A Recap of the 14th Asia Pacific Trading Summit
By William Haskins, for GlobalTrading
Technology and innovation were the common themes of the 14th Asia Pacific Trading Summit in Hong Kong, as traders and technologists gathered to discuss the issues facing Asian markets.
A record-setting 630 attendees gathered for a day of panel discussions as well as breakout sessions for the buy-side and technologists, organised by the FIX Trading Community.
There are good use cases for blockchain in the post-trade space, explained Peter Tierney, MD and CEO of DTCC’s Asia data repository (DDRS). We are current exploring 2, one in the processing of tri-party repos and another in the processing of Credit Default Swaps. It is most likely that blockchain will be applied to specific solutions in whitespace rather than directly supplanting existing systems, Tierney told the full auditorium.
Achieving this will require building a legal language in contracts to complement the code, noted Alistair Duff, Consultant with R3CEV, a bank-backed blockchain consortium.
The advance of AI and machine learning has many concerned about the role of human traders, yet these concerns are misplaced according to Andrew Freyre-Sanders, Head of Equity Execution Services for CIMB Securities. Citing the recent contest between one of the world’s top Go players, Lee Se-dol, and Google’s AI AlphaGo programme, Freyre-Sanders pointed out that even with millions of practice matches, the human was still able to beat the computer. However, traders must invest in themselves and attain greater focus to remain relevant, he added.
The panel on fintech, moderated by ITG’s Clare Witts, discussed the role new firms are playing in bringing innovation back into banking and asset management. As established financial services firms focused on regulation and compliance since the GFC, fintech firms have stepped in to fill the ‘innovation gap’, and are now often partnering with established firms to bring new tools to market in a cost-conscious environment where everyone is trying to do more with less, she added.
The Influence of HFT
US market structure has split into asymmetric trading environments catering to particular niche customers claimed SEC whistleblower, Haim Bodek. HFT-oriented features have proliferated among exchanges, many of which effectively circumvented Regulation NMS, according to Bodek, who now runs a consulting practice, Decimus Capital Markets. HFT strategies have long been active in Asia, and they tend to share similarities with US/Euro HFT futures algorithmic trading tradition, Bodek shared in his keynote address.
The “secret sauce” of HFTs often amounts to little more than exchange innovations in order types, order modifiers, port settings dictating order treatment and price feed interfaces in their intended usage scenarios, Bodek explained. All of this stems from the unintended consequences of Reg NMS including the circumvention of market access and order protection rules, abuse and non-disclosure of HFT-oriented order types and the cross-pollination of latency and regulatory arbitrage.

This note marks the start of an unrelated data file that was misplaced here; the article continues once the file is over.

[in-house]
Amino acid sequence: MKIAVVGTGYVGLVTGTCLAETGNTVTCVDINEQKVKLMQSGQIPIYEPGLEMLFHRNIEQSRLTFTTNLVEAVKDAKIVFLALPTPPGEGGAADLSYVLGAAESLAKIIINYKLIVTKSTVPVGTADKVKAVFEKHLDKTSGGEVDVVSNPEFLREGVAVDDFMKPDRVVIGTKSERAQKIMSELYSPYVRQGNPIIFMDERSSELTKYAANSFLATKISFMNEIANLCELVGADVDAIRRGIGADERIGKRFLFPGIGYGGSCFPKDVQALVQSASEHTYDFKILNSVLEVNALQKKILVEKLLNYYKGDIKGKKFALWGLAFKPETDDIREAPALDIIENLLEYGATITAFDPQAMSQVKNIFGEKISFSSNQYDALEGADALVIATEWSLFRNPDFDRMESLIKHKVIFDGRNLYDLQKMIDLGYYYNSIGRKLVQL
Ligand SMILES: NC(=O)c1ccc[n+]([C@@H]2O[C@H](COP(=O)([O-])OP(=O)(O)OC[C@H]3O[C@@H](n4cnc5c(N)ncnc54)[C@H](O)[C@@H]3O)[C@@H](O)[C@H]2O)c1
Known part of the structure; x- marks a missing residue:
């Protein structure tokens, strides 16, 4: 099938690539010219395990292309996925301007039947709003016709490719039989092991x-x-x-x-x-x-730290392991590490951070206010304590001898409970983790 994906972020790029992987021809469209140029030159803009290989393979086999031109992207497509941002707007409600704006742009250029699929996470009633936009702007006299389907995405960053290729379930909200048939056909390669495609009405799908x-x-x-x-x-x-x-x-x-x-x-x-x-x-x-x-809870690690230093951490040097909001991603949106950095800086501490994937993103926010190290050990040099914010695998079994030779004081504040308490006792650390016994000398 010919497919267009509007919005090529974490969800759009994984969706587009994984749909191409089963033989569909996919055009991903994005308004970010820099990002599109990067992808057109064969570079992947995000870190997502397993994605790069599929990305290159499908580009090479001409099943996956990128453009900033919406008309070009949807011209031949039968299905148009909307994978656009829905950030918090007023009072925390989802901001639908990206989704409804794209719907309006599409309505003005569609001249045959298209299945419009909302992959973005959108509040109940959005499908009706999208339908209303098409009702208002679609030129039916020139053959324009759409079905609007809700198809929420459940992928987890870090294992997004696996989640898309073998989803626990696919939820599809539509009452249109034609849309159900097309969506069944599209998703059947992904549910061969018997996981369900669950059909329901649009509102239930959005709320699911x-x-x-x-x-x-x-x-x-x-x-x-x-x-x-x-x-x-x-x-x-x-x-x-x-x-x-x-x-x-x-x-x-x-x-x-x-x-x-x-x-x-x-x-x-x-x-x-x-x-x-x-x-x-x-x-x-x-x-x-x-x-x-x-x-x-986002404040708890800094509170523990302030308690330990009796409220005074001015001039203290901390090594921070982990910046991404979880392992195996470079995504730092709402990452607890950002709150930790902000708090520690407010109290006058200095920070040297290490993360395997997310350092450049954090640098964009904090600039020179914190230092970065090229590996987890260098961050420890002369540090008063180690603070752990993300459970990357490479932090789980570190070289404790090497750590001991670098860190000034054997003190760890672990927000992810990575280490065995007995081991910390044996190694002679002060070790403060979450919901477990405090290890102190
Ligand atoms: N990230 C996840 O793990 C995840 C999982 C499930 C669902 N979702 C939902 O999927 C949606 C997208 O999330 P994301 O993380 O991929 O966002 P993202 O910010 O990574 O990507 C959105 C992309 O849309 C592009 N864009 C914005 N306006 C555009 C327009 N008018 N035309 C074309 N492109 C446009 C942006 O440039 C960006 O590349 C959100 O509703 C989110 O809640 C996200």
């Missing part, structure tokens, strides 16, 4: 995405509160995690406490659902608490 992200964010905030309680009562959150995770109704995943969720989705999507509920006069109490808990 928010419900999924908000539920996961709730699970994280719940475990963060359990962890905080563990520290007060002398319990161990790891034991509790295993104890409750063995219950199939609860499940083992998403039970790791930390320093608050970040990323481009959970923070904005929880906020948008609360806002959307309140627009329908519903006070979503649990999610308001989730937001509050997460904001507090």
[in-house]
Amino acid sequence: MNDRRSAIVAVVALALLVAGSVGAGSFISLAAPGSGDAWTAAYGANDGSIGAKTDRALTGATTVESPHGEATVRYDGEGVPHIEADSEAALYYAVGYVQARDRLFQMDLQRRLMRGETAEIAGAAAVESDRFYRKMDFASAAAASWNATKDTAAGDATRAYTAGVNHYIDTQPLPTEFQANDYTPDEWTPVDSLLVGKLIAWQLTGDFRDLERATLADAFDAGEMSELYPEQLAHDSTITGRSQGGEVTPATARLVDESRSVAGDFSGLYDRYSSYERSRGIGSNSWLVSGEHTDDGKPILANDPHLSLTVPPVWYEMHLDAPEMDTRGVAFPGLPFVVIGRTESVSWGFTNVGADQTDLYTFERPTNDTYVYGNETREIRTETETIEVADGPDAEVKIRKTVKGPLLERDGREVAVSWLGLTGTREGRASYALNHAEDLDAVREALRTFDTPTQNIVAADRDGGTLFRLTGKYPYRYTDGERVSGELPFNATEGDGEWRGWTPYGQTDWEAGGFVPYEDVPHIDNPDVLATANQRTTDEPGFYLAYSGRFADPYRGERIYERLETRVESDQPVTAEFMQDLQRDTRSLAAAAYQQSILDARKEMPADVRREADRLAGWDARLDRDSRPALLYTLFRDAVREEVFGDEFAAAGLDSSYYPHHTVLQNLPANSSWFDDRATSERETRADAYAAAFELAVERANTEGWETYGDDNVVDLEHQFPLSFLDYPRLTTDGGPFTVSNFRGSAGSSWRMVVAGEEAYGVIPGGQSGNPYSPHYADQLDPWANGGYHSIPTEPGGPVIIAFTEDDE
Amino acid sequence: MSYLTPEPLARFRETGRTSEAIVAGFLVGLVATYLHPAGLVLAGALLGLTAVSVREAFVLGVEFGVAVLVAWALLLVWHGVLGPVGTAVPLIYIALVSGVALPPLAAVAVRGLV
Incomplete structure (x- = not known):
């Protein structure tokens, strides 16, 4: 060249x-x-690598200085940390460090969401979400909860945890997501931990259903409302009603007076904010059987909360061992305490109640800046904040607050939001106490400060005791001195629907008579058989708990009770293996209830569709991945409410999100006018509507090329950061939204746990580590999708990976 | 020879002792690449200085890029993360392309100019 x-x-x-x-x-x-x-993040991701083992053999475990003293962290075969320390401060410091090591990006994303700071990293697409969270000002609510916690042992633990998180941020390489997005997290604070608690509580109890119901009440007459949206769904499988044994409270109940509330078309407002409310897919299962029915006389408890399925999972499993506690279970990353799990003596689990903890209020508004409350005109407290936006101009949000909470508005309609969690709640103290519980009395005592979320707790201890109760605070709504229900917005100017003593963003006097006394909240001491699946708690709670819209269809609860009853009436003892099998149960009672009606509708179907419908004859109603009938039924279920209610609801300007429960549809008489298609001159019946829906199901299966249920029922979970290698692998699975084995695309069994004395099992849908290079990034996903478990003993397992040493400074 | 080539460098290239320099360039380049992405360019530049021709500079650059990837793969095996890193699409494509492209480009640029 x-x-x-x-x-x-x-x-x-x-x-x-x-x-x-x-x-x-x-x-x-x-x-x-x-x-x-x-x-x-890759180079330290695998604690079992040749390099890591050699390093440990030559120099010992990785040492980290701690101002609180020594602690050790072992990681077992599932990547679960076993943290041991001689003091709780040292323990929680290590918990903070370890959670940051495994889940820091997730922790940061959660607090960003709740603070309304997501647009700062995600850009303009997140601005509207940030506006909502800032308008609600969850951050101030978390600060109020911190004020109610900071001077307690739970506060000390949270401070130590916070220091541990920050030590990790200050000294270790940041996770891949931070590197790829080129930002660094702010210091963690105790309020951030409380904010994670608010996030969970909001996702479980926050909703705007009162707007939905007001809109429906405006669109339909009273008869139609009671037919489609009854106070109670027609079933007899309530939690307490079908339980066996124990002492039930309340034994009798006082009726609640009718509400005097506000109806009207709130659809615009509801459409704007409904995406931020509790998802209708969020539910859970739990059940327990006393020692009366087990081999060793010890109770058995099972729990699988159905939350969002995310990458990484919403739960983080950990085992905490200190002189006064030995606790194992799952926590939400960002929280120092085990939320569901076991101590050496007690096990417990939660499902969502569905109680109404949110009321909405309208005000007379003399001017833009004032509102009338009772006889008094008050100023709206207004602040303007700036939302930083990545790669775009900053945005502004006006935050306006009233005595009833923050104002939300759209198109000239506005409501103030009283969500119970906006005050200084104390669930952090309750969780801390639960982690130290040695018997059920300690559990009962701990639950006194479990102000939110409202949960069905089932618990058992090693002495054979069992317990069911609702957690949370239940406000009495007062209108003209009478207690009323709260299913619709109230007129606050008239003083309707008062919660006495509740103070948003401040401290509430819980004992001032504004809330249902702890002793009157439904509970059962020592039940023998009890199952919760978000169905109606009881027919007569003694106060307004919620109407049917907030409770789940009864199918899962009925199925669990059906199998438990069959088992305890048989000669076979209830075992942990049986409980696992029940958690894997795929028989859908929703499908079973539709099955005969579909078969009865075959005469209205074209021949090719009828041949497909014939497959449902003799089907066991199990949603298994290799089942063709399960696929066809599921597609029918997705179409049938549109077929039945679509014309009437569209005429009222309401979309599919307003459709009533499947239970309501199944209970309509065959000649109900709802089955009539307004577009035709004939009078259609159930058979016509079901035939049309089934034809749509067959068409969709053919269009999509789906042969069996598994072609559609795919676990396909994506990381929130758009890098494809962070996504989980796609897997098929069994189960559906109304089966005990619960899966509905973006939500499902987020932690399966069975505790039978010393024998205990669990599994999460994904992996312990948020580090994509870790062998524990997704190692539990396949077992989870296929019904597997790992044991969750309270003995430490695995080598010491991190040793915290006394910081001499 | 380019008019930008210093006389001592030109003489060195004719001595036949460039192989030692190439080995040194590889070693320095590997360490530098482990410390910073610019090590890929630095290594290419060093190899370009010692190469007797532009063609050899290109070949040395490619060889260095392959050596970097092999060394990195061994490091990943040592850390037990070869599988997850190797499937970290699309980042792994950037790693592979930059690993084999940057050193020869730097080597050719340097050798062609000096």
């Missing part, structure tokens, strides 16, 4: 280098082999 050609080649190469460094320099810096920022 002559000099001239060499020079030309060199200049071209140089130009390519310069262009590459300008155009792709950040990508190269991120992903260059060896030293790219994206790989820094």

Formerly of Hull Trading/Goldman Sachs, UBS and HFT options trading firm, Trading Machines, Haim Bodek was an early high profile case for the SEC’s whistleblower program. Bodek provided the SEC with data that led the agency to fine BATS Global Markets $14 million to settle charges that two exchanges formerly owned by Direct Edge Holdings gave advantages to certain HFT firms.
Investors need to be patient as regulator is learning, attendees were told in the regulatory panel. It was suggested the CSRC is likely to implement high level rules and preserve its flexibility. Guidance on the program trading rules, for example, may not be public, but it will be there.
Speaking on a panel on optimising trading, attendees were told China was still an attractive long-term market as the ratio of market capitalisation to GDP showed room for growth. Speaking of the possible inclusion of A-shares in the MSCI indices, it was suggested the initial weighting for the A-share in the GEM index could be around 1.5%, assuming a 5% inclusion of A-share floatable market cap, which could attract US$15-20bn inflows from passive funds.
On the panel featuring fresh buy-side perspectives, TCA tools for FX were called out as needing improvement, as currently, there is not enough data for benchmarking. Electronic trading platforms for FX and fixed income also need more traction. New formats of information flow are required, according to another panelist. Traders need to find the third dimension of information, pulling data across multiple sources.
Meanwhile, Hani Shalabi, Head of AES APAC for Credit Suisse, shared analysis suggesting 90% of fills on the Hong Kong exchange trigger the HK$2 minimum fee. Shalabi suggested the average transaction fee for the whole market is 0.76bps per trade, which is roughly double those on the Australian Stock Exchange and three times comparable fees on the Tokyo Stock Exchange.
Whether its more optimised trading, outsmarting HFT strategies or achieving more efficient access to Chinese markets, Bodek’s concluding statement applies equally well: “You have to do your homework.”
For a round-up of the day, please click here to view the GlobalTrading video.
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